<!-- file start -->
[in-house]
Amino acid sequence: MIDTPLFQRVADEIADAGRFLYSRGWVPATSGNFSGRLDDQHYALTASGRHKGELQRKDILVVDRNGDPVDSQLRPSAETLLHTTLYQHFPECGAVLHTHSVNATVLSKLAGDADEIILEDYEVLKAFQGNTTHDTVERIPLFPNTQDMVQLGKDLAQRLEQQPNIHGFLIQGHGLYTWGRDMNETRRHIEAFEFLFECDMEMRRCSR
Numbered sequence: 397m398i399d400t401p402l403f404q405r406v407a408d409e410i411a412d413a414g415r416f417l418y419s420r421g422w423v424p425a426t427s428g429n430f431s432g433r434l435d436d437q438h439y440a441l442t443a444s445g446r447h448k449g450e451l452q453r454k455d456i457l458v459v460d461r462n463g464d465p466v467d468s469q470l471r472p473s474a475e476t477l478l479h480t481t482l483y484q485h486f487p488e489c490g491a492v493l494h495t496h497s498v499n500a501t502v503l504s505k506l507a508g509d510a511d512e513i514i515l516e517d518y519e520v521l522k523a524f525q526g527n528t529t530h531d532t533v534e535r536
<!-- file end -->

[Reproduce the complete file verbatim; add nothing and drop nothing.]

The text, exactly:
[in-house]
Amino acid sequence: MIDTPLFQRVADEIADAGRFLYSRGWVPATSGNFSGRLDDQHYALTASGRHKGELQRKDILVVDRNGDPVDSQLRPSAETLLHTTLYQHFPECGAVLHTHSVNATVLSKLAGDADEIILEDYEVLKAFQGNTTHDTVERIPLFPNTQDMVQLGKDLAQRLEQQPNIHGFLIQGHGLYTWGRDMNETRRHIEAFEFLFECDMEMRRCSR
Numbered sequence: 397m398i399d400t401p402l403f404q405r406v407a408d409e410i411a412d413a414g415r416f417l418y419s420r421g422w423v424p425a426t427s428g429n430f431s432g433r434l435d436d437q438h439y440a441l442t443a444s445g446r447h448k449g450e451l452q453r454k455d456i457l458v459v460d461r462n463g464d465p466v467d468s469q470l471r472p473s474a475e476t477l478l479h480t481t482l483y484q485h486f487p488e489c490g491a492v493l494h495t496h497s498v499n500a501t502v503l504s505k506l507a508g509d510a511d512e513i514i515l516e517d518y519e520v521l522k523a524f525q526g527n528t529t530h531d532t533v534e535r536